For all I know, TSE would have enjoyed his Inventions of the March Hare
poem 'Suite Clownesque' placed beside this portrait. Lines from it:
Here's the comedian again
With broad dogmatic vest, and nose
Nose that interrogates the stars,
Impressive, sceptic, scarlet nose;
The most expressive, real of men,
A jellyfish impertinent,
A jellyfish without repose.
It's all philosophy and art.
Nose that interrogates the stars
Interrogates the audience
Who still continue in suspense.
Here's one who has the world at rights
Here's one who gets away with it
By simple spreading of the toes,
A self-embodied role, his soul
Concentred in his vest and nose.
~ CR

cr mittal <[log in to unmask]> wrote:
Portrait of T.S.Eliot                           
A Portrait of T.S. Eliot at John Mitchell's Art Gallery
You'll excuse me if this portrait of yours looks rather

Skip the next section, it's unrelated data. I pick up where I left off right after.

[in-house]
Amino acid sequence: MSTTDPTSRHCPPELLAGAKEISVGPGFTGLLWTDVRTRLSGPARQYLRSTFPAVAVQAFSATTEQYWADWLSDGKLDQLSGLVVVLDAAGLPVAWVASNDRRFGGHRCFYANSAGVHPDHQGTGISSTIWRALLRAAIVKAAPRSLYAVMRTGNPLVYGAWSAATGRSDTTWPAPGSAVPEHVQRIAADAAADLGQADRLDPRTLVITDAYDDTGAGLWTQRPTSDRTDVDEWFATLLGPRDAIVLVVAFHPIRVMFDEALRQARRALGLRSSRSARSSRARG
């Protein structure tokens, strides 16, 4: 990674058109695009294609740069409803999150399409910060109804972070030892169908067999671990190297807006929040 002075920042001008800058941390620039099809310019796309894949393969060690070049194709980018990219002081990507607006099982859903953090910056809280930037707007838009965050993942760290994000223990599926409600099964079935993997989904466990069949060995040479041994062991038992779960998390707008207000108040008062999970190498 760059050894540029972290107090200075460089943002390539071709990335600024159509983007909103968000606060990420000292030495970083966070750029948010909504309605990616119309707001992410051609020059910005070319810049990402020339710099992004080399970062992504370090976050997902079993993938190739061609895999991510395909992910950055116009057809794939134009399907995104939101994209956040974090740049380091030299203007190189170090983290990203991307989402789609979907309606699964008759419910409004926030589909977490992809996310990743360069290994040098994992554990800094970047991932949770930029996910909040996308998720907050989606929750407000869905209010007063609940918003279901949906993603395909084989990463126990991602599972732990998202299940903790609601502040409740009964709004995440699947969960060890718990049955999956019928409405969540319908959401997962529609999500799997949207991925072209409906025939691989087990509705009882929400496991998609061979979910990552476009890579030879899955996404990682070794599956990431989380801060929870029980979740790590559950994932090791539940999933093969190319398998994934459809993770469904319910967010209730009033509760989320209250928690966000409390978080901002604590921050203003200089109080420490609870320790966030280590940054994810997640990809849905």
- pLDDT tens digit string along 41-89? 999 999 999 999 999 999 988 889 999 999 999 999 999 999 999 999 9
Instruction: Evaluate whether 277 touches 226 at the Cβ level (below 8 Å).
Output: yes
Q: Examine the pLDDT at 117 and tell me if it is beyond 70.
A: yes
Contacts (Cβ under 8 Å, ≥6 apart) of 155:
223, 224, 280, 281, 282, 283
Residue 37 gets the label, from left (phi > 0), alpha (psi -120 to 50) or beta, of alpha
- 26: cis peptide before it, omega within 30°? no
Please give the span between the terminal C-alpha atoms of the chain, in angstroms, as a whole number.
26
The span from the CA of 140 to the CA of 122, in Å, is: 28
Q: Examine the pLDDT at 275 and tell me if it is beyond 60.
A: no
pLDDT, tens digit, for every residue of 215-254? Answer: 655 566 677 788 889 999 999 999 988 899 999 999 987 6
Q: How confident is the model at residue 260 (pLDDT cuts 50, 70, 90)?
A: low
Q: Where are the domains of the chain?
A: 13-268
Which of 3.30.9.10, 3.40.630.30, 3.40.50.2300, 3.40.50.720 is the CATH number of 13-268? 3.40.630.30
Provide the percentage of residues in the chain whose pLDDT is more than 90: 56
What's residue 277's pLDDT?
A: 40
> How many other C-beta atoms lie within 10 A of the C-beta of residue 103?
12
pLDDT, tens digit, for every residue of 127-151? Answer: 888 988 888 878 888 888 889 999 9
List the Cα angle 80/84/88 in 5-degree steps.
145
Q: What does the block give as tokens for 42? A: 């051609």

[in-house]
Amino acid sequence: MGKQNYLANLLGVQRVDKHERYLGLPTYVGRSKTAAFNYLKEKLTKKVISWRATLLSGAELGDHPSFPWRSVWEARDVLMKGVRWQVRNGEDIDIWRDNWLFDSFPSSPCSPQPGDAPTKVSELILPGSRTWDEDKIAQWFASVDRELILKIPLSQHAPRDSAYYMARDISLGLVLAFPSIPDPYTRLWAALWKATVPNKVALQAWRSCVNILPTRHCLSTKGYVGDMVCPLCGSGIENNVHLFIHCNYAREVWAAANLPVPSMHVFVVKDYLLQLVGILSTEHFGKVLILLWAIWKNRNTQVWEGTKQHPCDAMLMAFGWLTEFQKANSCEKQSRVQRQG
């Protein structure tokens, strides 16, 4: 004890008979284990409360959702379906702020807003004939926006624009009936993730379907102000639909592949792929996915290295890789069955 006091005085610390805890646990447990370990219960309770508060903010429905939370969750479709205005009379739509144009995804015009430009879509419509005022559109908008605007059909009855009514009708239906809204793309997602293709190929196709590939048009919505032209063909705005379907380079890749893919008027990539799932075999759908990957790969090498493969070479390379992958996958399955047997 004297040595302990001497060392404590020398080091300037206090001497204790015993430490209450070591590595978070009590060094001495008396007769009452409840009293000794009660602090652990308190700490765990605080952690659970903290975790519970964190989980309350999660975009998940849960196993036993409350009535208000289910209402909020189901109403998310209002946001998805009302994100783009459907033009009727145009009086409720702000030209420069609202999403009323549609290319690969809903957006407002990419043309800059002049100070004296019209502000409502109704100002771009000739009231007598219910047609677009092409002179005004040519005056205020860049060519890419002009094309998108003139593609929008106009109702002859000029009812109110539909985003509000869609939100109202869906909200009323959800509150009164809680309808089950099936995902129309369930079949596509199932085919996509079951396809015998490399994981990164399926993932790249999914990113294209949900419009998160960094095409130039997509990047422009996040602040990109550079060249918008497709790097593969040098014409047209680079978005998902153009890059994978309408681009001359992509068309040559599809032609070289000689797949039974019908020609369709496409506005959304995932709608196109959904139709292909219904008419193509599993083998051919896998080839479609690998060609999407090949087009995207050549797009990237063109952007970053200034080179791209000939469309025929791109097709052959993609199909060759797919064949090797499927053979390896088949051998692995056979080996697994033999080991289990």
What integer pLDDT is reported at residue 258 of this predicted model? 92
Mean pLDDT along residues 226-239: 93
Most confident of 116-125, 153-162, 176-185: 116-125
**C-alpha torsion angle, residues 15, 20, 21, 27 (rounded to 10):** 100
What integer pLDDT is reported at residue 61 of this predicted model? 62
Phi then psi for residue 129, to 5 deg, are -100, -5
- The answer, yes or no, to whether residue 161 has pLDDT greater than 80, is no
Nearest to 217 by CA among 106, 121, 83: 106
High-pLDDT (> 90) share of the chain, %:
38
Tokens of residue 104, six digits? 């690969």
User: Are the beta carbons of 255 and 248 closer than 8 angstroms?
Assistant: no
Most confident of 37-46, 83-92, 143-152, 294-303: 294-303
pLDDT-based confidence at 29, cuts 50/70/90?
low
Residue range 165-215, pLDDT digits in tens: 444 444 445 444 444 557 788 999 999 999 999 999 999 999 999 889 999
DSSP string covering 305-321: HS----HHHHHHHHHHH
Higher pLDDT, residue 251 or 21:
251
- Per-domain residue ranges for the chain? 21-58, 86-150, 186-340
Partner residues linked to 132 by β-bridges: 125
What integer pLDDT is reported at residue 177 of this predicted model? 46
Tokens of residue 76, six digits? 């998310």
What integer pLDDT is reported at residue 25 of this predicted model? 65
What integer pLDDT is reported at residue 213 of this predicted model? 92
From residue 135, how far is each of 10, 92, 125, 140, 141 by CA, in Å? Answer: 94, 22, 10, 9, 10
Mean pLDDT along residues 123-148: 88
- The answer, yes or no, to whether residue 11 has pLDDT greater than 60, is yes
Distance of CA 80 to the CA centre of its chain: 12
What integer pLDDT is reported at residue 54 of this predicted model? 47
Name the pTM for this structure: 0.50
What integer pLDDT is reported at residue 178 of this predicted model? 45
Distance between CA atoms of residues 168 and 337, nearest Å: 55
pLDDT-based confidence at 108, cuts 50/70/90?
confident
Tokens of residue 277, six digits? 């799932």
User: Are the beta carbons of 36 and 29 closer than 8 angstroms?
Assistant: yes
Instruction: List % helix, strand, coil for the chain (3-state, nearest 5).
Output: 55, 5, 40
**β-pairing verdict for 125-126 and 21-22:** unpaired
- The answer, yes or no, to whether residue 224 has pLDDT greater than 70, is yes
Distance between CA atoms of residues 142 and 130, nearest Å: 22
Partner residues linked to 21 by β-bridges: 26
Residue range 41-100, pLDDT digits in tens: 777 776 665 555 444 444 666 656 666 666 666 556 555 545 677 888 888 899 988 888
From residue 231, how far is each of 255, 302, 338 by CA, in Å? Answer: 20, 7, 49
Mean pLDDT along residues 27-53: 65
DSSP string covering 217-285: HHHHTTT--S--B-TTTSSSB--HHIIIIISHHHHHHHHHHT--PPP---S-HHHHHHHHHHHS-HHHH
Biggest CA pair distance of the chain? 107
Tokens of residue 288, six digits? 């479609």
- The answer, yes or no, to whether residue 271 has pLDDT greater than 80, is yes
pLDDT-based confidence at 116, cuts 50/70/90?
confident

funny to me.  It was in a similar vein that I had laughed
at to-me-then-monkey-looking uncle Mulk (Dr Mulk RajAnand,
novelist and art critic) in his Italian corduroy winter-outfit
in the early Sixties. I'm sure, you'll take it as sportingly as
did Mulk who once wrote short notes for The Criterion.
It was on his bookshelves that I first read the FQs
as an undergraduate.
~ CR
P.S.  It's not clear who did this portrait -- nor the context of it. 
          To me it looks rather like a photograph of Eliot.
        Are we being taken for a ride, eh??? :)

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